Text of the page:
Anaphylaxis is the most severe form of allergic reaction and is potentially life threatening. It must be treated as a medical emergency, requiring immediate treatment and urgent medical attention. Anaphylaxis is a severe allergic reaction, which often involves more than one body system. A severe allergic reaction usually occurs within 20 minutes of exposure to the trigger. Severe allergic reactions may occur without prior exposure to a trigger. It is characterised by rapidly developing airway and/or breathing and/or circulation problems usually associated with swelling, redness or itching of the skin, eyes, nose, throat, or mouth.

Many substances can cause anaphylaxis, but more common causes include:

  • Foods (especially peanuts, tree nuts, cow’s milk, eggs, wheat, seafood, fish, soy, sesame)
  • Drugs (eg: penicillin)
  • Venom from bites (ticks) or stings (e.g., bees, wasps or ants).

Recognition of Anaphylaxis

Anaphylaxis encompasses a variety of signs and symptoms. Diagnosis is largely based on history and physical findings. Onset can range from minutes to hours after exposure to a substance.

Signs and symptoms are highly variable and may include one or more of the following:

  • Difficult/noisy breathing
  • Wheeze or persistent cough
  • Swelling of tongue
  • Swelling/tightness in throat
  • Difficulty talking and/or hoarse voice.
  • Persistent dizziness/loss of consciousness and/or collapse
  • Pale and floppy (young children)
  • Abdominal pain and vomiting (insect allergy only)

Adrenaline (epinephrine)

Adrenaline (epinephrine) is the first line drug treatment for anaphylaxis.

The common form of this drug is the self-injecting EpiPen®.  These contain single-use doses of adrenaline for the treatment of anaphylaxis.

There are two adrenaline doses available via the EpiPen®.

  1. The adult EpiPen is for children over 5 years old and for teenagers and adults.
  2. The junior EpiPen is for children under 5 years of age.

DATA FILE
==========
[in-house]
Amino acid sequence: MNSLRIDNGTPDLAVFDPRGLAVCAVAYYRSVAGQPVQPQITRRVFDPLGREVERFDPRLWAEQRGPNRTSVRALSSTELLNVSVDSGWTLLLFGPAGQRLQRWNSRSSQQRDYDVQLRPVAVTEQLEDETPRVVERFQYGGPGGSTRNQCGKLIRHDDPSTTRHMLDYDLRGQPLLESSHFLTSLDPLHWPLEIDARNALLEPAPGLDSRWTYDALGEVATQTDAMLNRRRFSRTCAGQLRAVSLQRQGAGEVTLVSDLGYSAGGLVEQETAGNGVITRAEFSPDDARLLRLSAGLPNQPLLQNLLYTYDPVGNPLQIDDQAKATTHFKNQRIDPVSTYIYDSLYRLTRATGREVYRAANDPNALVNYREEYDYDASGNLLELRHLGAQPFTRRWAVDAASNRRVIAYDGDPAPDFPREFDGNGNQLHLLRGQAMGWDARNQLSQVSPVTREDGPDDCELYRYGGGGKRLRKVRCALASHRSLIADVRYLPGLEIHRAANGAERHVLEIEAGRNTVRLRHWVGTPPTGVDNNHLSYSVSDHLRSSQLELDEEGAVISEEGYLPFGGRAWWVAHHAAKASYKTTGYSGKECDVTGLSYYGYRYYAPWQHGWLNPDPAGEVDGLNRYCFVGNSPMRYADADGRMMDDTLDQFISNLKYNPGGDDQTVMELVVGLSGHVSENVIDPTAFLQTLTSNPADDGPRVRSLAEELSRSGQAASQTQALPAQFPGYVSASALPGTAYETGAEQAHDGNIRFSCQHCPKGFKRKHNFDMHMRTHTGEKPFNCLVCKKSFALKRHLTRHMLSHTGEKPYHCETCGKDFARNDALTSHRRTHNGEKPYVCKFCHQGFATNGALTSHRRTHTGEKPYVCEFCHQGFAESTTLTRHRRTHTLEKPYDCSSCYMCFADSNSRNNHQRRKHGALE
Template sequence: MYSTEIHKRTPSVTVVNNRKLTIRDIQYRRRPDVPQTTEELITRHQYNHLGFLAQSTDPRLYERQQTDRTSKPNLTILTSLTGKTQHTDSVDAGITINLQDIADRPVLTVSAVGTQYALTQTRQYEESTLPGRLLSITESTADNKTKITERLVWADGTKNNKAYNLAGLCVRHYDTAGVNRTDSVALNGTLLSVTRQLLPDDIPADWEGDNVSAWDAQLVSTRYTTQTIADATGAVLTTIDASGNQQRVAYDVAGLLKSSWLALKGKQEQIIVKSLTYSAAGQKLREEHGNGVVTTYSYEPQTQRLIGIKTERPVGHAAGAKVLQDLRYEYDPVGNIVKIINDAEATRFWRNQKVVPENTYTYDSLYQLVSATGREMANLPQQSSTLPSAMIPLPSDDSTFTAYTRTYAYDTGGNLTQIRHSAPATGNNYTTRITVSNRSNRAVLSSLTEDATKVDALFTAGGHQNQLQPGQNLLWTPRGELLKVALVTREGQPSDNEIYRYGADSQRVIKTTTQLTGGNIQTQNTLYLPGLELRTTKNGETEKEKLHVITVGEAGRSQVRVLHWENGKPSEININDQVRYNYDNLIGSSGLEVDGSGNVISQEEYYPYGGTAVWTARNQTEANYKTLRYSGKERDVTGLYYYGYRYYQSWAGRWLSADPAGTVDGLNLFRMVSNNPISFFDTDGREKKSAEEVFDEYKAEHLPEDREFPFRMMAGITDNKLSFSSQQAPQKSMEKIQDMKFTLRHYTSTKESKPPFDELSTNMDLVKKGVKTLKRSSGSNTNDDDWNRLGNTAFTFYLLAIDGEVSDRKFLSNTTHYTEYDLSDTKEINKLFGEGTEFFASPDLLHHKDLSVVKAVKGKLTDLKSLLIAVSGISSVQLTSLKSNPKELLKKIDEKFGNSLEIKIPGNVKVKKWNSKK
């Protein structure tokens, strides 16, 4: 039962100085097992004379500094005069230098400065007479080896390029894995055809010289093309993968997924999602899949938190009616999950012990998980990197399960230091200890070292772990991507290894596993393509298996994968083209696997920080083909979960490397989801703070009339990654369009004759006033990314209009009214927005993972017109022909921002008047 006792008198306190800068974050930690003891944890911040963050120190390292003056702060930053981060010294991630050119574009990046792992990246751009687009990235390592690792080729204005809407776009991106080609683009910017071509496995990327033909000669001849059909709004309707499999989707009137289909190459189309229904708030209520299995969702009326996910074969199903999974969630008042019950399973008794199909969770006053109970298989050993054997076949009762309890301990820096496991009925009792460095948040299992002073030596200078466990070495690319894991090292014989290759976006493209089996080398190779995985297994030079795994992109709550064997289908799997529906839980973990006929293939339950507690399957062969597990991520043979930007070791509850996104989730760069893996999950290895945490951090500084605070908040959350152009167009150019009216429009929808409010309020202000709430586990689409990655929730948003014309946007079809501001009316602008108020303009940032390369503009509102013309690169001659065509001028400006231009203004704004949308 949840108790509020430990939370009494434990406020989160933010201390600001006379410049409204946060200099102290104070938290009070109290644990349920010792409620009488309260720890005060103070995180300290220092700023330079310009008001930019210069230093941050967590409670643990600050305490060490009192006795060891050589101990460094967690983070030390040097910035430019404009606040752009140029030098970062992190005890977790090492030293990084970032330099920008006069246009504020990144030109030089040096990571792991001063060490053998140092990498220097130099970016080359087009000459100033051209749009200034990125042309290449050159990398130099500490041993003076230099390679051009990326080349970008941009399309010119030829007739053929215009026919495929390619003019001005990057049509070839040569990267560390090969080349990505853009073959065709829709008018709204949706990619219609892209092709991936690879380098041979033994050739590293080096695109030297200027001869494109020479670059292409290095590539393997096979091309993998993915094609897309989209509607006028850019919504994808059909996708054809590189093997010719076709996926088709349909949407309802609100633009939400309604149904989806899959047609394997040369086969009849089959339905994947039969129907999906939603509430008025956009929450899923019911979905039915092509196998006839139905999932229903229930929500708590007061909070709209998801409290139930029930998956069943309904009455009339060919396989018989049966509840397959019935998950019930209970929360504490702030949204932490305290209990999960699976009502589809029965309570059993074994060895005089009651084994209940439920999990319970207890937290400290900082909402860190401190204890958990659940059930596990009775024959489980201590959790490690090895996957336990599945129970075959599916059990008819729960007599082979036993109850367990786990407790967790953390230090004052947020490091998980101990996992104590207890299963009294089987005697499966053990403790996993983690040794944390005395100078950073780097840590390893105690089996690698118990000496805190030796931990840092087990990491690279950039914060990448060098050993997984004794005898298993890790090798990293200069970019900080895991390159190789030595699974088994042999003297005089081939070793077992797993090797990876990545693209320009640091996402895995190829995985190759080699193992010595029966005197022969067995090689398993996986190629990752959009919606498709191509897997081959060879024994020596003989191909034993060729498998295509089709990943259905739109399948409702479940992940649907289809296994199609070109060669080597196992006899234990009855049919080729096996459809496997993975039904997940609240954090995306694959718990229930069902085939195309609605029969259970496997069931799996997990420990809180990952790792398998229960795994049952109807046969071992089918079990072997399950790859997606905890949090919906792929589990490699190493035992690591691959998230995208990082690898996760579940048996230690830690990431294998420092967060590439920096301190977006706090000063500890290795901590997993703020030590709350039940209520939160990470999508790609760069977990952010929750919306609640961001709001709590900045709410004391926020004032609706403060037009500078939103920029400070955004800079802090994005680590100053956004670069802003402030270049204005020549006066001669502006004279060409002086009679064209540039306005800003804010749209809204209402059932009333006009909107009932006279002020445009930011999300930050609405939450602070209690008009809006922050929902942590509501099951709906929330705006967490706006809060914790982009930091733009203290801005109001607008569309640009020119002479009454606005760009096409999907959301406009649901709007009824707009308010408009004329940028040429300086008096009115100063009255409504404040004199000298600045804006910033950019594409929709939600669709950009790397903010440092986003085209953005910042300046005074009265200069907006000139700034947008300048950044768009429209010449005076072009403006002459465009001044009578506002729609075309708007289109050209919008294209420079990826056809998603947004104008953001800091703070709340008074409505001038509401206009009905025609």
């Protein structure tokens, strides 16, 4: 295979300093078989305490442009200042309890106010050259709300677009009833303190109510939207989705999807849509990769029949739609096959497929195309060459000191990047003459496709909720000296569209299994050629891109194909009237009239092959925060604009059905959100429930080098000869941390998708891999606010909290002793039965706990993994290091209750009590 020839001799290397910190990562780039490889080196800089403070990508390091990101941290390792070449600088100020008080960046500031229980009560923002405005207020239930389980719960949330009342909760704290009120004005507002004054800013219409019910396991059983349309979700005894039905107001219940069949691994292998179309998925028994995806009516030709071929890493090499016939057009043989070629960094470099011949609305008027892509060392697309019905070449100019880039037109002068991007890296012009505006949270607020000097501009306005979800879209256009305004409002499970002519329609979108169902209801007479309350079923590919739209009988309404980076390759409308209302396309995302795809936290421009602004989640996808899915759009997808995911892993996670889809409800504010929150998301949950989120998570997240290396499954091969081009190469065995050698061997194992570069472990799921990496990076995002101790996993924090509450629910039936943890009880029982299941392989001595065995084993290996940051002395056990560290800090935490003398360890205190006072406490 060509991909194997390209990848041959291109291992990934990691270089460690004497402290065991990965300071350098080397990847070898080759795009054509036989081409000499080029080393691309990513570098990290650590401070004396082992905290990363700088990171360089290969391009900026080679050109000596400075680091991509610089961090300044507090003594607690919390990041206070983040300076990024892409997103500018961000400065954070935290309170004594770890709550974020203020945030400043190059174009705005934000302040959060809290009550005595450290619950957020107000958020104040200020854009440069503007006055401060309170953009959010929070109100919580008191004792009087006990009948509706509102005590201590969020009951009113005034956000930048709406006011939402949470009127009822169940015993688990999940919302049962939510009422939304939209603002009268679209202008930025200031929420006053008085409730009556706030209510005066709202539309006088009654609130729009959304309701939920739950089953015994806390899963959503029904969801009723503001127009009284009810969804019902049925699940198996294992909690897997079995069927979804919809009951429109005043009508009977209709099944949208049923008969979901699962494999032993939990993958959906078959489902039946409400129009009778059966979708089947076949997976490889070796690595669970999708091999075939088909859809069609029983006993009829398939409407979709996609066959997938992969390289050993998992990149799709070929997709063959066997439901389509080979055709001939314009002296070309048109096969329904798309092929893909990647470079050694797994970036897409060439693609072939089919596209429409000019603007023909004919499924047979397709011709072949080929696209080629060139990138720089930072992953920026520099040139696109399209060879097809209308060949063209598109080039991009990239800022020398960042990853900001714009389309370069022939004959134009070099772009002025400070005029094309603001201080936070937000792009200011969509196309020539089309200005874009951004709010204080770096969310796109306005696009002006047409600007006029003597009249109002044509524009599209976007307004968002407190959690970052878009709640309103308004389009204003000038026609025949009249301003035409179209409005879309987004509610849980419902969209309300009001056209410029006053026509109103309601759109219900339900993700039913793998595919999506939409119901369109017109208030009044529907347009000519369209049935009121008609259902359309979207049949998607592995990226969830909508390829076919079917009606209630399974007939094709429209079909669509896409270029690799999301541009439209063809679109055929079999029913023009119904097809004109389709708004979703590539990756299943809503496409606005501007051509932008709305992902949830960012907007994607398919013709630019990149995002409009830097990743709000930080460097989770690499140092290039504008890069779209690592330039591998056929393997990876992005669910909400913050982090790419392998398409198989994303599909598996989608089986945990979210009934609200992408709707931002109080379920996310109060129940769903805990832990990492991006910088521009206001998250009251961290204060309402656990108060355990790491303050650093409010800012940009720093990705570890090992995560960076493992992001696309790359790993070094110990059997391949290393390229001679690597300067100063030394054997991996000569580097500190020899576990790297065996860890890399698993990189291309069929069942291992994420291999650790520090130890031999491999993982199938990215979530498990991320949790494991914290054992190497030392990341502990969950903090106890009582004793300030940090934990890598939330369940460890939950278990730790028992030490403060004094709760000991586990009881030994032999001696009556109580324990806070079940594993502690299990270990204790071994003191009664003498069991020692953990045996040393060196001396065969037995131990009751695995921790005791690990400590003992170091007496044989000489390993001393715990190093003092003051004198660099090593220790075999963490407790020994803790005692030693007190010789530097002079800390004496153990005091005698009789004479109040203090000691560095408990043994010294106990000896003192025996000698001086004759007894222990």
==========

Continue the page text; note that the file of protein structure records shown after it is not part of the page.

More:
Adrenaline is rapidly absorbed when injected into the outer muscle of the mid-thigh and can be injected through thin clothing.

Treatment for Anaphylaxis

People with diagnosed allergies should avoid all trigger agents/confirmed allergens.  People who have had a prior episode of anaphylaxis are prescribed adrenaline (epinephrine) in the form of an autoinjector.  They should have a readily accessible ‘Anaphylaxis Action Plan’ and medical alert device. Whenever possible, this information should be sought and implemented, provided this does not delay emergency treatment.

Emergency treatment

The early administration of adrenaline (epinephrine) is the priority in the emergency treatment of anaphylaxis. 

If the victim’s signs and symptoms suggest anaphylaxis the following steps should be followed.

  1. Lay the victim flat; do not stand or walk. If breathing is difficult, allow to sit (if able)
  2. Prevent further exposure to the triggering/agent if possible.
  3. Administer adrenaline (EpiPen®) via intramuscular injection into the thigh.
  4. Call an ambulance.
  5. A second dose of adrenaline (epinephrine) can be administered by auto injector to victims whose anaphylaxis symptoms are not relieved by the initial dose.  The second dose is given 5 minutes after the initial dose.
  6. If victim becomes unresponsive and not breathing normally, commence resuscitation.

If unsure whether it is anaphylaxis, give adrenaline.  The risks of not giving adrenaline far outweigh any potential side effects, such as increased heart rate, increased blood pressure, shaking, nervousness or headache.

Regularly check the expiry date of autoinjectors.  If the adrenaline is expired, replace immediately.

In an emergency, expired adrenaline may only be used if there is no other option available.